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The principle of double effect is based on the fact that evil must never be directly and voluntarily willed for its own sake and must never be willed either as an end or as a means to an end. Nor may evil ever be directly willed as a foreseen but unwanted consequence. But evil can be reduced to an incidental and unavoidable byproduct in the achievement of some morally licit good the person is rightfully seeking. This principle is most accurately identified by John Hardon, SJ, in Catholic Catechism (1975), p. 337, which states, “To be licitly applied, the principle must observe four limiting norms”:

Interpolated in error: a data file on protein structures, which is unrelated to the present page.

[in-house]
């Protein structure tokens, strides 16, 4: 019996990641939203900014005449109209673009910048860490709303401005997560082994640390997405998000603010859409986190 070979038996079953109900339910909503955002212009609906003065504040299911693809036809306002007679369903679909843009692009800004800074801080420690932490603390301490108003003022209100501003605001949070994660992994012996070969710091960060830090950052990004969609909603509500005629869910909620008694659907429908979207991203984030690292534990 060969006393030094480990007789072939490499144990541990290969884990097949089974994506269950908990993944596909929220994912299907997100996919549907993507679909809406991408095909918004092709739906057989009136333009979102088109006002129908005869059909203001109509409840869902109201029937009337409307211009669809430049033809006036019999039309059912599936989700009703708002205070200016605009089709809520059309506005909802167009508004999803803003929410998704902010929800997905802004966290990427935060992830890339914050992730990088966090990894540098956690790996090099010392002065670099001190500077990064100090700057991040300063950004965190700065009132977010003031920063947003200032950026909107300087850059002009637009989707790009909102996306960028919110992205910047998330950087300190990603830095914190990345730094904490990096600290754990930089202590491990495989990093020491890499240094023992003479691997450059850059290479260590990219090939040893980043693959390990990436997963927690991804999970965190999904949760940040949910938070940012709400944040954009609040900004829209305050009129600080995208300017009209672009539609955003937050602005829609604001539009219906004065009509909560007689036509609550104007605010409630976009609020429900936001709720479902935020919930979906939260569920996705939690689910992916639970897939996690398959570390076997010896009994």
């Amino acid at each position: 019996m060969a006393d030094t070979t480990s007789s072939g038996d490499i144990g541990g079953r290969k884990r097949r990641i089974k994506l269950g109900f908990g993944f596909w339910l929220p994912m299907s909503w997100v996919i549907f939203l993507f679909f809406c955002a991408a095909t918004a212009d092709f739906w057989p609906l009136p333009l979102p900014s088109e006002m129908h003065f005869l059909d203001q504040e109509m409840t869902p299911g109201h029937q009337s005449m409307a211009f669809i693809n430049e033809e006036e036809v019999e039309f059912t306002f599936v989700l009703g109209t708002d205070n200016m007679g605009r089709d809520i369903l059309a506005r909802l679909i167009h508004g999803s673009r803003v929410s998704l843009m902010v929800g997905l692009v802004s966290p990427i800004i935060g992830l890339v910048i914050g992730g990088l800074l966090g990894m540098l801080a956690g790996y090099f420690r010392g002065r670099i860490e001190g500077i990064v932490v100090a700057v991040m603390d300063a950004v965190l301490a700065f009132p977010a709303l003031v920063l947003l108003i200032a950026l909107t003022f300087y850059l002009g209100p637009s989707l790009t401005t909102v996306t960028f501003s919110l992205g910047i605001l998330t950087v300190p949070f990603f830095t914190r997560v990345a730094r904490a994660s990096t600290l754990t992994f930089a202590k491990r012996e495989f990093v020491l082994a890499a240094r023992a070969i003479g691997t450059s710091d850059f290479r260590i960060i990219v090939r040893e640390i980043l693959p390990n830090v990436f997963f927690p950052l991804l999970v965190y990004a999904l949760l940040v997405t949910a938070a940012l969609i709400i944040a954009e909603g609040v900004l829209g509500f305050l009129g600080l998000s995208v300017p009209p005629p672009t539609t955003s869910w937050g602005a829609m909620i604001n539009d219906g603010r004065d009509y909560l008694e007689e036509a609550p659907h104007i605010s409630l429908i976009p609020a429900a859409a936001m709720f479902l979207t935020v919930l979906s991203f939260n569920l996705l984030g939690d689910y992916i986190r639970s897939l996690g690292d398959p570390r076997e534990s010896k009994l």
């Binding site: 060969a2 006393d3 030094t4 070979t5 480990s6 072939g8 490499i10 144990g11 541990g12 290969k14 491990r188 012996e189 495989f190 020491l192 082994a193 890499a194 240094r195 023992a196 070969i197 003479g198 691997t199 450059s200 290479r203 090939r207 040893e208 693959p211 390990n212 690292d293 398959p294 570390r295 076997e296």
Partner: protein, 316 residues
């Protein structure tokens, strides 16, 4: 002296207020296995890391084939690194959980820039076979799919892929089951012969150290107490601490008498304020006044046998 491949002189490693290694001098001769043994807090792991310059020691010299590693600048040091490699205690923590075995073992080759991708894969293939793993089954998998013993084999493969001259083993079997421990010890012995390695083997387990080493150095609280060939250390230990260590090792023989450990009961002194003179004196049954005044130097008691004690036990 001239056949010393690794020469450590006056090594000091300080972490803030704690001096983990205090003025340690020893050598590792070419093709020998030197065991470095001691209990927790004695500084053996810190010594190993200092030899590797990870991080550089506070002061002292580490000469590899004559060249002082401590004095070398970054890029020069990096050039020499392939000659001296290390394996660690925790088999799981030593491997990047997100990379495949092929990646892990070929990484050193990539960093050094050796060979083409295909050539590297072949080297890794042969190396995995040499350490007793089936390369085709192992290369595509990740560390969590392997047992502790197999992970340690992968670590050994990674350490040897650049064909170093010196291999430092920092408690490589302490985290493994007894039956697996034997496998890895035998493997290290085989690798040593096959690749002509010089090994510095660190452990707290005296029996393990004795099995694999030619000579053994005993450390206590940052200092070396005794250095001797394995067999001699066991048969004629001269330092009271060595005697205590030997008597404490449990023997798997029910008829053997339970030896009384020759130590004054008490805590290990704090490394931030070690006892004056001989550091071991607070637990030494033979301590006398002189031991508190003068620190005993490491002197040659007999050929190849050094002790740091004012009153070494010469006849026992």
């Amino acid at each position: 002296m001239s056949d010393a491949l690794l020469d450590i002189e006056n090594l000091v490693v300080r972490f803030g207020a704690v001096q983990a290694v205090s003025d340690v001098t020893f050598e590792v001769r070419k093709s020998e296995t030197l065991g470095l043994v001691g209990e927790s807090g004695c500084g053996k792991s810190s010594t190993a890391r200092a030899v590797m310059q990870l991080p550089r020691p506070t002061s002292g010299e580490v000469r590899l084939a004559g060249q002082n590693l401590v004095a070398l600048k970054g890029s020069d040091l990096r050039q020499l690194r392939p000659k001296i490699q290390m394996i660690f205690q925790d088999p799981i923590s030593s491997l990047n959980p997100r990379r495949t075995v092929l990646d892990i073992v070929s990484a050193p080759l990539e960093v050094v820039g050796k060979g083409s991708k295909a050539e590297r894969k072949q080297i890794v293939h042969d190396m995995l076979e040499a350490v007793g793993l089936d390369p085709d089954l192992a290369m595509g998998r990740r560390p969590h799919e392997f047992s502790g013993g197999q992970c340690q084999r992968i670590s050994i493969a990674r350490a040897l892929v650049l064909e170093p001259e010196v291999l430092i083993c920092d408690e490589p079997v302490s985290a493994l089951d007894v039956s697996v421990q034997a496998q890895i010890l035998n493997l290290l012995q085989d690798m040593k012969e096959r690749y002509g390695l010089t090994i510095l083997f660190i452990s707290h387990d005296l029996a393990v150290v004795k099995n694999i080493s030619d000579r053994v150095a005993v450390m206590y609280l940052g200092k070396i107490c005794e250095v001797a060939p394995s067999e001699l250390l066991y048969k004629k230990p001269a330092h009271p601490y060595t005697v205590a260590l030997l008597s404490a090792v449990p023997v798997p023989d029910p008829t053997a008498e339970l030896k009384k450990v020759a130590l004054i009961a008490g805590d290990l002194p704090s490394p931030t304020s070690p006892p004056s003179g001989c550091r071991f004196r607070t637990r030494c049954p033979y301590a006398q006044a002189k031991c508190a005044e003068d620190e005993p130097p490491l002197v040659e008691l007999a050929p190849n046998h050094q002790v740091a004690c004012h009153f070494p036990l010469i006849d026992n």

1. The action (removal of diseased womb) is good; it consists in excising an infected part of the human body.
  2. The good effect (saving the mother’s life) is not obtained by means of the evil effect (death of the fetus). It would be just the opposite (e.g., if the fetus were killed in order to save the reputation of an unwed mother).
  3. There is sufficient reason for permitting the unsought evil effect that unavoidably follows. Here the Church’s guidance is essential in judging that there is sufficient reason.
  4. 4. The evil effect is not intended in itself but is merely allowed as a necessary consequence of the good effect.